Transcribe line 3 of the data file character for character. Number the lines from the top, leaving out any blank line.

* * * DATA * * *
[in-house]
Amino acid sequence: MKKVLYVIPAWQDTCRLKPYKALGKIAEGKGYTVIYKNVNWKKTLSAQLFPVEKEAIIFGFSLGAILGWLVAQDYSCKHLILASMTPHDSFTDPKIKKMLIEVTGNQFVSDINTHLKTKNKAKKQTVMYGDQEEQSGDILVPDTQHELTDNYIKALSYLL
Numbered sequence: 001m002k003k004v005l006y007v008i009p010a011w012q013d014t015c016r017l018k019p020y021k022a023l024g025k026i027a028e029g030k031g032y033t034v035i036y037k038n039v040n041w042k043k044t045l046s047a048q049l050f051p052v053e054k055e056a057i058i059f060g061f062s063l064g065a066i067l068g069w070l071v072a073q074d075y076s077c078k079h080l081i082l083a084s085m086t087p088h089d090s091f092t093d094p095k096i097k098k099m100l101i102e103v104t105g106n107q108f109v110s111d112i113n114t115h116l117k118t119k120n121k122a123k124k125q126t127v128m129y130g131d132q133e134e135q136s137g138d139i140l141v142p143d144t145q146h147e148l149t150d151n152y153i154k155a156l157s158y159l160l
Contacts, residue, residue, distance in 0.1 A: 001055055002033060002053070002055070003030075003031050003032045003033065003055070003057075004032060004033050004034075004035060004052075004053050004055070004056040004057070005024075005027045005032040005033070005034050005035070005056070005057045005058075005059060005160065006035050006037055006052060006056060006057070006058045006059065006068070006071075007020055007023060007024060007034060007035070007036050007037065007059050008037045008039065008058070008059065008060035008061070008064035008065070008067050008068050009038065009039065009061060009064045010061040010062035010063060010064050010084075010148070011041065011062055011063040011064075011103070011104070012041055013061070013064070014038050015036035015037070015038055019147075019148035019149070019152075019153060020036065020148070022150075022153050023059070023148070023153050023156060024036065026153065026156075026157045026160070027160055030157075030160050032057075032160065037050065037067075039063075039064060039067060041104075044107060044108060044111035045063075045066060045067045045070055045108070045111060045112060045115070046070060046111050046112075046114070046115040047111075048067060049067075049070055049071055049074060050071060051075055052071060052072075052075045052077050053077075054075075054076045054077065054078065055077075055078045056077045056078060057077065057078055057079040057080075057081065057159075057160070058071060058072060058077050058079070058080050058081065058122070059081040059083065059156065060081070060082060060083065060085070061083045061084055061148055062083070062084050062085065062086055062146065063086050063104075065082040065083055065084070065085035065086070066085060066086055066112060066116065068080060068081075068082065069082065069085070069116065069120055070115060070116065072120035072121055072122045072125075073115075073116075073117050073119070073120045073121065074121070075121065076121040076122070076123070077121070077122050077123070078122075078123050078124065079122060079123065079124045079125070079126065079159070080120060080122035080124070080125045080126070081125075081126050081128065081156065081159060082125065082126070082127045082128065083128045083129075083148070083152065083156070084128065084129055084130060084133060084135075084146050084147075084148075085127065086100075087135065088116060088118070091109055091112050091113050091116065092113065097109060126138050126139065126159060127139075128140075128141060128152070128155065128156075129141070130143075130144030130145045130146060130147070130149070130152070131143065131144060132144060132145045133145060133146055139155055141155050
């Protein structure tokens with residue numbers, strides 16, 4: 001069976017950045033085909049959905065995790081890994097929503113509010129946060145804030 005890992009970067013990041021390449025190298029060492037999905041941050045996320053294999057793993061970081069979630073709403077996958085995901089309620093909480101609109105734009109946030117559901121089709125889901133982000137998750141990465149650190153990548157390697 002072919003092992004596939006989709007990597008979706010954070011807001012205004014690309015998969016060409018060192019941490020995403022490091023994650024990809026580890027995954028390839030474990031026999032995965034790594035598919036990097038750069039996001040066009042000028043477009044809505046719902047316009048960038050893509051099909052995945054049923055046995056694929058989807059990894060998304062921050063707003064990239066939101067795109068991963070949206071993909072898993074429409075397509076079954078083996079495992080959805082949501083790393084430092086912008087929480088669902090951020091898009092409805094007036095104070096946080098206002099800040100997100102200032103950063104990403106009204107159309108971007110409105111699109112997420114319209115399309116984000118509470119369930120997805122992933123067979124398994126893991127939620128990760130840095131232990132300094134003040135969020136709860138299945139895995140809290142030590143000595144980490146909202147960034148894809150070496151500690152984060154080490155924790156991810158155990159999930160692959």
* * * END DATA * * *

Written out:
Numbered sequence: 001m002k003k004v005l006y007v008i009p010a011w012q013d014t015c016r017l018k019p020y021k022a023l024g025k026i027a028e029g030k031g032y033t034v035i036y037k038n039v040n041w042k043k044t045l046s047a048q049l050f051p052v053e054k055e056a057i058i059f060g061f062s063l064g065a066i067l068g069w070l071v072a073q074d075y076s077c078k079h080l081i082l083a084s085m086t087p088h089d090s091f092t093d094p095k096i097k098k099m100l101i102e103v104t105g106n107q108f109v110s111d112i113n114t115h116l117k118t119k120n121k122a123k124k125q126t127v128m129y130g131d132q133e134e135q136s137g138d139i140l141v142p143d144t145q146h147e148l149t150d151n152y153i154k155a156l157s158y159l160l